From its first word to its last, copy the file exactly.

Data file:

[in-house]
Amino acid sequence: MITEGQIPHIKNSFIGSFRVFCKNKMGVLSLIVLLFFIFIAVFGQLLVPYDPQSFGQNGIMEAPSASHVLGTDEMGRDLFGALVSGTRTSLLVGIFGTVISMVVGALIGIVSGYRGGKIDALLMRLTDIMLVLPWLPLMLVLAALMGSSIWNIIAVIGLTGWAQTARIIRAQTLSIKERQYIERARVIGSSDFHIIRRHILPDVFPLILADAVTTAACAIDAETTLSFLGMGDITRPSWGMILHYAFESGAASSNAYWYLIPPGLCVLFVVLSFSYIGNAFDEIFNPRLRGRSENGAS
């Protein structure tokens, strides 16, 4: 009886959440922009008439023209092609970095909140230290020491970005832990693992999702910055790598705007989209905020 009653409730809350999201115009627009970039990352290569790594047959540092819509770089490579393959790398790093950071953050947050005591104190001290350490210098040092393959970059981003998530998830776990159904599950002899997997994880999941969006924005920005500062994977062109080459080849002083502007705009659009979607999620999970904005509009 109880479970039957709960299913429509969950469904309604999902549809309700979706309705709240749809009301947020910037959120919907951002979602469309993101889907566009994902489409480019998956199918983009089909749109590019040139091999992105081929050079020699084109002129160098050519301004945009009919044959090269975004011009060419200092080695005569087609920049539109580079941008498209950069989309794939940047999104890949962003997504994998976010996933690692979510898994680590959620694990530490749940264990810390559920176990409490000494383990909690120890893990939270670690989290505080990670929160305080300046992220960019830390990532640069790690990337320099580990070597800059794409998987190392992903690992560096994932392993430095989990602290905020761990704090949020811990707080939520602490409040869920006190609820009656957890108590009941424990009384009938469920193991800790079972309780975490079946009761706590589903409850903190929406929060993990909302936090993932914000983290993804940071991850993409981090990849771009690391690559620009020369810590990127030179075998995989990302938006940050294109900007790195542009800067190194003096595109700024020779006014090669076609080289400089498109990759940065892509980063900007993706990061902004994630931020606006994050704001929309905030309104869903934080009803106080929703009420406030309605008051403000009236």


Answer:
[in-house]
Amino acid sequence: MITEGQIPHIKNSFIGSFRVFCKNKMGVLSLIVLLFFIFIAVFGQLLVPYDPQSFGQNGIMEAPSASHVLGTDEMGRDLFGALVSGTRTSLLVGIFGTVISMVVGALIGIVSGYRGGKIDALLMRLTDIMLVLPWLPLMLVLAALMGSSIWNIIAVIGLTGWAQTARIIRAQTLSIKERQYIERARVIGSSDFHIIRRHILPDVFPLILADAVTTAACAIDAETTLSFLGMGDITRPSWGMILHYAFESGAASSNAYWYLIPPGLCVLFVVLSFSYIGNAFDEIFNPRLRGRSENGAS
């Protein structure tokens, strides 16, 4: 009886959440922009008439023209092609970095909140230290020491970005832990693992999702910055790598705007989209905020 009653409730809350999201115009627009970039990352290569790594047959540092819509770089490579393959790398790093950071953050947050005591104190001290350490210098040092393959970059981003998530998830776990159904599950002899997997994880999941969006924005920005500062994977062109080459080849002083502007705009659009979607999620999970904005509009 109880479970039957709960299913429509969950469904309604999902549809309700979706309705709240749809009301947020910037959120919907951002979602469309993101889907566009994902489409480019998956199918983009089909749109590019040139091999992105081929050079020699084109002129160098050519301004945009009919044959090269975004011009060419200092080695005569087609920049539109580079941008498209950069989309794939940047999104890949962003997504994998976010996933690692979510898994680590959620694990530490749940264990810390559920176990409490000494383990909690120890893990939270670690989290505080990670929160305080300046992220960019830390990532640069790690990337320099580990070597800059794409998987190392992903690992560096994932392993430095989990602290905020761990704090949020811990707080939520602490409040869920006190609820009656957890108590009941424990009384009938469920193991800790079972309780975490079946009761706590589903409850903190929406929060993990909302936090993932914000983290993804940071991850993409981090990849771009690391690559620009020369810590990127030179075998995989990302938006940050294109900007790195542009800067190194003096595109700024020779006014090669076609080289400089498109990759940065892509980063900007993706990061902004994630931020606006994050704001929309905030309104869903934080009803106080929703009420406030309605008051403000009236």